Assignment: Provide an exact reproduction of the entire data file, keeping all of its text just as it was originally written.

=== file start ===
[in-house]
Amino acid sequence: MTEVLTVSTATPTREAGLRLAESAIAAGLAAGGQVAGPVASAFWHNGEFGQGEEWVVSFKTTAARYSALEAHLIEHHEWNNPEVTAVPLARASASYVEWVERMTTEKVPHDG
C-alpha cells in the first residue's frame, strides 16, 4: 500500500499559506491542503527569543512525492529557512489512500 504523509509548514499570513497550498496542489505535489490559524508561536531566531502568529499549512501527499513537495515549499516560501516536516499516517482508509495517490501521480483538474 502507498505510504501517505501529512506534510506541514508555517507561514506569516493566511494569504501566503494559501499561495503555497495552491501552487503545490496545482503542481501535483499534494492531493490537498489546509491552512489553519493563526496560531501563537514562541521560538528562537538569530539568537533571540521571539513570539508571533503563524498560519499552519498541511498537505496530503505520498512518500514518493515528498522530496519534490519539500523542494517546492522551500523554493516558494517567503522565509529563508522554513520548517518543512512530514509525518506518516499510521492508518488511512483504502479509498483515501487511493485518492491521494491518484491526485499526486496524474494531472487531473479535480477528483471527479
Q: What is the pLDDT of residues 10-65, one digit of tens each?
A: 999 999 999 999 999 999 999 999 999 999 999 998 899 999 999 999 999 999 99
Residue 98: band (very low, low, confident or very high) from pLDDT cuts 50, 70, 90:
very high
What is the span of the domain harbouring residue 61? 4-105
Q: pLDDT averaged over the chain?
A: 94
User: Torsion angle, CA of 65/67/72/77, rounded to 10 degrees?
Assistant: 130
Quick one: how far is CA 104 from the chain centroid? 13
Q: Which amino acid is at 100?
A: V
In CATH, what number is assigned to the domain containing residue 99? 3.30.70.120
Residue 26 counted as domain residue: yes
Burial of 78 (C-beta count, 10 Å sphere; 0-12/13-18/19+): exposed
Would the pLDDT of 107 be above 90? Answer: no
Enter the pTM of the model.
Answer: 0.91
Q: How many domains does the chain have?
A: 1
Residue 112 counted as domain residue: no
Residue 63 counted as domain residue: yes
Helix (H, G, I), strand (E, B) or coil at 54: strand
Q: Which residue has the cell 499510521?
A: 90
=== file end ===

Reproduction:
[in-house]
Amino acid sequence: MTEVLTVSTATPTREAGLRLAESAIAAGLAAGGQVAGPVASAFWHNGEFGQGEEWVVSFKTTAARYSALEAHLIEHHEWNNPEVTAVPLARASASYVEWVERMTTEKVPHDG
C-alpha cells in the first residue's frame, strides 16, 4: 500500500499559506491542503527569543512525492529557512489512500 504523509509548514499570513497550498496542489505535489490559524508561536531566531502568529499549512501527499513537495515549499516560501516536516499516517482508509495517490501521480483538474 502507498505510504501517505501529512506534510506541514508555517507561514506569516493566511494569504501566503494559501499561495503555497495552491501552487503545490496545482503542481501535483499534494492531493490537498489546509491552512489553519493563526496560531501563537514562541521560538528562537538569530539568537533571540521571539513570539508571533503563524498560519499552519498541511498537505496530503505520498512518500514518493515528498522530496519534490519539500523542494517546492522551500523554493516558494517567503522565509529563508522554513520548517518543512512530514509525518506518516499510521492508518488511512483504502479509498483515501487511493485518492491521494491518484491526485499526486496524474494531472487531473479535480477528483471527479
Q: What is the pLDDT of residues 10-65, one digit of tens each?
A: 999 999 999 999 999 999 999 999 999 999 999 998 899 999 999 999 999 999 99
Residue 98: band (very low, low, confident or very high) from pLDDT cuts 50, 70, 90:
very high
What is the span of the domain harbouring residue 61? 4-105
Q: pLDDT averaged over the chain?
A: 94
User: Torsion angle, CA of 65/67/72/77, rounded to 10 degrees?
Assistant: 130
Quick one: how far is CA 104 from the chain centroid? 13
Q: Which amino acid is at 100?
A: V
In CATH, what number is assigned to the domain containing residue 99? 3.30.70.120
Residue 26 counted as domain residue: yes
Burial of 78 (C-beta count, 10 Å sphere; 0-12/13-18/19+): exposed
Would the pLDDT of 107 be above 90? Answer: no
Enter the pTM of the model.
Answer: 0.91
Q: How many domains does the chain have?
A: 1
Residue 112 counted as domain residue: no
Residue 63 counted as domain residue: yes
Helix (H, G, I), strand (E, B) or coil at 54: strand
Q: Which residue has the cell 499510521?
A: 90